What’s the best book you’ve read this year? We posed this question to our Intersect contributors, and we’ll share their recommendations over the coming weeks.
Today, our contributors highlight books on work, rest, purpose and economics — from authors Sebastian Traeger, Greg Gilbert, Curtis Zackery, Tomáš Sedláček and Simon Sinek.
Editor’s Note: You can download two Intersect-exclusive ebooks from Bruce Ashford for free. Details>>
The Gospel at Work: How Working for King Jesus Gives Purpose and Meaning to Our Jobs
by Sebastian Traeger and Greg D. Gilbert (Zondervan, 2014)
Ryan Hutchinson: The Gospel at Work is a great resource for any believer who is trying to understand how they serve God well in their jobs.
Usually we end up with work falling in the category of idolatry or idleness, but this book instructs the believer on how to bring glory to God regardless of the working context in which you find yourself.
Soul Rest: Reclaim Your Life. Return to Sabbath.
by Curtis Zackery (Kirkdale Press, 2018)
Sara Beth Fentress: Sabbatical is often thrown out as a last life ring to a drowning ministry leader, not as a normal part of the Christian life. The tagline of the book is “Reclaim Your Life, Return to Sabbath.” Zackery is transparent and vulnerable with his own need to rest, and he offers readers encouragement and a strong argument to create a rhythm of rest in the midst of exhausting ministry life.
He argues that true rest is the only place to find sustaining energy to fulfill our life’s purpose. True rest only comes from our heavenly Father.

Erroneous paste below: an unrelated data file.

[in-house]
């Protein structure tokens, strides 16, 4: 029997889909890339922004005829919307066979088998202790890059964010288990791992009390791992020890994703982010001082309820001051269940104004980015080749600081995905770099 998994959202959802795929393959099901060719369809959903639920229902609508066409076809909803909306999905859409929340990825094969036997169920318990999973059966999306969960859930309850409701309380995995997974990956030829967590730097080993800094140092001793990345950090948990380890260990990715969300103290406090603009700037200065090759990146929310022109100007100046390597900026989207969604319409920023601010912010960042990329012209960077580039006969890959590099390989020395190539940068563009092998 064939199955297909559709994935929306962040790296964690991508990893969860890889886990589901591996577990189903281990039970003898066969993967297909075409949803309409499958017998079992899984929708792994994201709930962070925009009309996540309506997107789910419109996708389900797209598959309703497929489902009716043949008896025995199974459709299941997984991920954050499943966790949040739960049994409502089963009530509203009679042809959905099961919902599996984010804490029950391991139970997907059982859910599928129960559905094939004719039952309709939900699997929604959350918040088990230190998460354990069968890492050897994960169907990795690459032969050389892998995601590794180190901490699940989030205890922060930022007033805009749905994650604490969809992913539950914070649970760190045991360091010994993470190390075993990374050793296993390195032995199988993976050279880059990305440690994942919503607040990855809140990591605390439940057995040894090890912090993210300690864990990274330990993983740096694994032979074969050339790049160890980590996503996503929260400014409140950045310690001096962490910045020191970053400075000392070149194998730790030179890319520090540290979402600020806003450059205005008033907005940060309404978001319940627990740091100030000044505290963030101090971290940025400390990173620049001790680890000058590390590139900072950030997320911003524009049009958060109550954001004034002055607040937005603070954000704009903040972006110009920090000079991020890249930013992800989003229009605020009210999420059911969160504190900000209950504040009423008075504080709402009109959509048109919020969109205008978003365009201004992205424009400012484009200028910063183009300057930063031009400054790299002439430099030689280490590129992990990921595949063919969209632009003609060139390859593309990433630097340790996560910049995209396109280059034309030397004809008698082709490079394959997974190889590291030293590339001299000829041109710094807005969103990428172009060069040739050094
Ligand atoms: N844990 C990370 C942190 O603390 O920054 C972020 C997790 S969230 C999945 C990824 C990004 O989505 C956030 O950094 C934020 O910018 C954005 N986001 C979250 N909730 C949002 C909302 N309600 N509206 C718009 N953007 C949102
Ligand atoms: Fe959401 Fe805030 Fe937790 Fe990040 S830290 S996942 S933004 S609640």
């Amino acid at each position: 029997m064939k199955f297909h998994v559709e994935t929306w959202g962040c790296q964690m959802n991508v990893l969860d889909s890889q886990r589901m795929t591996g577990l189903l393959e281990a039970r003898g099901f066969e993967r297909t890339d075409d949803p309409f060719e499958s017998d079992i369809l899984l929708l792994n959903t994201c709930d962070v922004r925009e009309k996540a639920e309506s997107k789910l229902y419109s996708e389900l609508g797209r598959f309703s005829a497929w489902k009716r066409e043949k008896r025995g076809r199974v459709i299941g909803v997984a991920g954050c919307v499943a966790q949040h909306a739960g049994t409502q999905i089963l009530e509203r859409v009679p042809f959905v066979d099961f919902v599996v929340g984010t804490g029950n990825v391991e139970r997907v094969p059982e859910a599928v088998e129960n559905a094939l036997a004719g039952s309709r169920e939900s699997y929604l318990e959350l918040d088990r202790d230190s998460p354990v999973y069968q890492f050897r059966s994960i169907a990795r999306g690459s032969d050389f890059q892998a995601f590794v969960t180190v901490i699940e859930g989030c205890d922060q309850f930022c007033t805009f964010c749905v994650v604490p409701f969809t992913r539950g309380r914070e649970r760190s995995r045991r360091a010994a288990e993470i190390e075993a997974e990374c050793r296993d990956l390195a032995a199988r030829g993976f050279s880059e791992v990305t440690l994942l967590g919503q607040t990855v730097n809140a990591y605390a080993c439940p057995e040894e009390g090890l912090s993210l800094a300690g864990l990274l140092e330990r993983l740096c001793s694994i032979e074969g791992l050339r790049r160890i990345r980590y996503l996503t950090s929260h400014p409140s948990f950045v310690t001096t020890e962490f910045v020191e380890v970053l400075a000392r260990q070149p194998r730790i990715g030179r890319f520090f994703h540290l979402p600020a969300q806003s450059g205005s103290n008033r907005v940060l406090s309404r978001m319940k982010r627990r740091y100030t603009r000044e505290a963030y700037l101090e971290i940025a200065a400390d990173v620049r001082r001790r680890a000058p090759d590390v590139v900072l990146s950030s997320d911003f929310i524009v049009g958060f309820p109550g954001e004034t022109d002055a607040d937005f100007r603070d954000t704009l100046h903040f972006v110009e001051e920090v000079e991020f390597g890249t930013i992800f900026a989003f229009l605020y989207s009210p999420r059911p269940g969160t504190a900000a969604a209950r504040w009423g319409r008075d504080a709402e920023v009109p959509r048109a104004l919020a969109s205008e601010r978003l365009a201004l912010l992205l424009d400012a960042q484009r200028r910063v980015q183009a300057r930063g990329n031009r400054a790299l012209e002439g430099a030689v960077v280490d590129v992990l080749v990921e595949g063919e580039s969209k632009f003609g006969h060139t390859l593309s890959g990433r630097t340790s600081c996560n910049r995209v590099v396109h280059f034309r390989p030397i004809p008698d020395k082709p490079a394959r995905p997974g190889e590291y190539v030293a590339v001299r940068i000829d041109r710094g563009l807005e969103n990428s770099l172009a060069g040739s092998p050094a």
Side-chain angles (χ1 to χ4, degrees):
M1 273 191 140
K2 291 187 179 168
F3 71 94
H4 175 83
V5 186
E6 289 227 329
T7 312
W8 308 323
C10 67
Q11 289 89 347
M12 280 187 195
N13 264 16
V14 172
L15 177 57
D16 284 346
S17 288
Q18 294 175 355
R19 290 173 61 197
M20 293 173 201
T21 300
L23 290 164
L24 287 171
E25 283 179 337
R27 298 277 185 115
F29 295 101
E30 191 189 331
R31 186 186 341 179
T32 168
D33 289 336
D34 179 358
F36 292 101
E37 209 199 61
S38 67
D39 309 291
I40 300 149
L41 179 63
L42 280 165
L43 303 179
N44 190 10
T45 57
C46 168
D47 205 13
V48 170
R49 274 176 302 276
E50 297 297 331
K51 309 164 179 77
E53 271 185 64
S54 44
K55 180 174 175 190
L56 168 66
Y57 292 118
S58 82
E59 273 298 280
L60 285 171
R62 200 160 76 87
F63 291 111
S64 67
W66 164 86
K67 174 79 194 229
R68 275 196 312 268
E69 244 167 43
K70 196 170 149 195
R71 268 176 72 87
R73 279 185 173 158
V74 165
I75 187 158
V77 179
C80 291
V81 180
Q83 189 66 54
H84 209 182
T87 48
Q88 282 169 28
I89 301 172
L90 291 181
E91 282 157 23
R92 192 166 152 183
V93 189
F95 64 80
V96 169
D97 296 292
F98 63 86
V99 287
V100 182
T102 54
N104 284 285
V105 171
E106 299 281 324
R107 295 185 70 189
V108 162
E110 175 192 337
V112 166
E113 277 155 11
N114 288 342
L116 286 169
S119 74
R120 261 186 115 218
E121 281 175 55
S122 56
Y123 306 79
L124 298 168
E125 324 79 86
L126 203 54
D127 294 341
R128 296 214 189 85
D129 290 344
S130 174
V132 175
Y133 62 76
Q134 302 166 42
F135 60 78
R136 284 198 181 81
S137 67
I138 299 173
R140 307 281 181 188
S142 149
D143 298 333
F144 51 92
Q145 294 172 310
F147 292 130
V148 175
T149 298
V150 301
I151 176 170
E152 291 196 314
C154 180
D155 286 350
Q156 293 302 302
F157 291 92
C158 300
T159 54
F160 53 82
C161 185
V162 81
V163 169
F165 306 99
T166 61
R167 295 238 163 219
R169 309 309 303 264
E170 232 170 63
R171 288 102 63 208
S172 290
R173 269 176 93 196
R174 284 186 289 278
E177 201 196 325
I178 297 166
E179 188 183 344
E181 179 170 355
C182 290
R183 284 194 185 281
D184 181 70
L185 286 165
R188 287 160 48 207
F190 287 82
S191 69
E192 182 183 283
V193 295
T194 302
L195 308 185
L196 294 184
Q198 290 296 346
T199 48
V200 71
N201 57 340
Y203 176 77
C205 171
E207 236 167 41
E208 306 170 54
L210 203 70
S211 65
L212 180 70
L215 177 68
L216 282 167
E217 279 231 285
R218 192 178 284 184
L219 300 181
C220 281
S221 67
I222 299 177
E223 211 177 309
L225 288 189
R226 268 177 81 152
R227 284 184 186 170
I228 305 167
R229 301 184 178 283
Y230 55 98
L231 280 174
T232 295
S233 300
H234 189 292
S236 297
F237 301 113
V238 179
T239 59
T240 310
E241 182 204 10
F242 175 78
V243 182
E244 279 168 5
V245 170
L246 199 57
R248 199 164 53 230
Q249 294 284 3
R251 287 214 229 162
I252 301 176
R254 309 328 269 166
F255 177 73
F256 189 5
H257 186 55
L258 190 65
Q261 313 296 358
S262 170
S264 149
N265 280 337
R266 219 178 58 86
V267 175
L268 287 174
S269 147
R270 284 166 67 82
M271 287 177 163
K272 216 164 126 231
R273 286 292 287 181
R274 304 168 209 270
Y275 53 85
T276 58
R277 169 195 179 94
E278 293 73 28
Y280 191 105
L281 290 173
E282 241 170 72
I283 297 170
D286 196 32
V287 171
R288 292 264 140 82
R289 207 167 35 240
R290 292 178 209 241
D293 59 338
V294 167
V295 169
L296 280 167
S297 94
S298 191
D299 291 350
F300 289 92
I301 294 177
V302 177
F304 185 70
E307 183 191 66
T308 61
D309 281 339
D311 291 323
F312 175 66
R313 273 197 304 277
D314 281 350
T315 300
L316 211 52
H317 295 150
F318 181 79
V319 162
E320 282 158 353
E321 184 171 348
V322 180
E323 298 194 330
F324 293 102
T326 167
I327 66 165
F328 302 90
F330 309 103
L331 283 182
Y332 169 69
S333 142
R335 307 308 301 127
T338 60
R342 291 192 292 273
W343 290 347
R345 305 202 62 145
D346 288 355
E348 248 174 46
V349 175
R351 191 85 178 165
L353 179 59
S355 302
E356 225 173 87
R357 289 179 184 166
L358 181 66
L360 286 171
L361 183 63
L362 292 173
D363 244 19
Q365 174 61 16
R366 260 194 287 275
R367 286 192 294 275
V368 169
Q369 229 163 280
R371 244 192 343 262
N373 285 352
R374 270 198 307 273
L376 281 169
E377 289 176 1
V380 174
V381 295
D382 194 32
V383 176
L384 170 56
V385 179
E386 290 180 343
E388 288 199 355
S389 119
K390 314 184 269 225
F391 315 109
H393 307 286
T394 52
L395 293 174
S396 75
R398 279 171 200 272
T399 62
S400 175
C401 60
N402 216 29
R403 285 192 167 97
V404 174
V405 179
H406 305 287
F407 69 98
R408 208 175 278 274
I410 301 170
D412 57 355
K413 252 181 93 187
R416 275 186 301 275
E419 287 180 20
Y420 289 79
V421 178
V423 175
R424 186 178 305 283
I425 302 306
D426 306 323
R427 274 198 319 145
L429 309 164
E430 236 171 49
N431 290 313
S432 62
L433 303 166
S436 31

Start with Why: How Great Leaders Inspire Everyone to Take Action
by Simon Sinek (Portfolio, 2011)
Jeremy Bell: Sinek’s book has absolutely nothing to do with Christianity, but his leadership principles can be carried over into a Christian context. Believer’s have the greatest “why” of all, to make disciples by taking the gospel to the ends of the earth. Yet we need leaders who can inspire and motivate God’s people to embrace and carry out the mission no matter the cost. The Christian community — church leaders, in particular — can learn from Sinek about how to become more effective as leaders within the local church and take the gospel outside the four walls of a building. This book will help you grow as a leader, or at least spark some thoughts as you lead people in God’s faith community.
Economics of Good and Evil: The Quest for Economic Meaning from Gilgamesh to Wall Street
by Tomáš Sedláček (Oxford University Press, 2013)
Logan Smith: In his seminal work Tomáš Sedláček exposes the reader to a journey through myth, history, legend and film as he argues for a human-focused approach to how economic value is calculated.
(Read Logan’s review of The Economics of Good and Evil.)
What is your favorite book of the year? Comment below and let us know!
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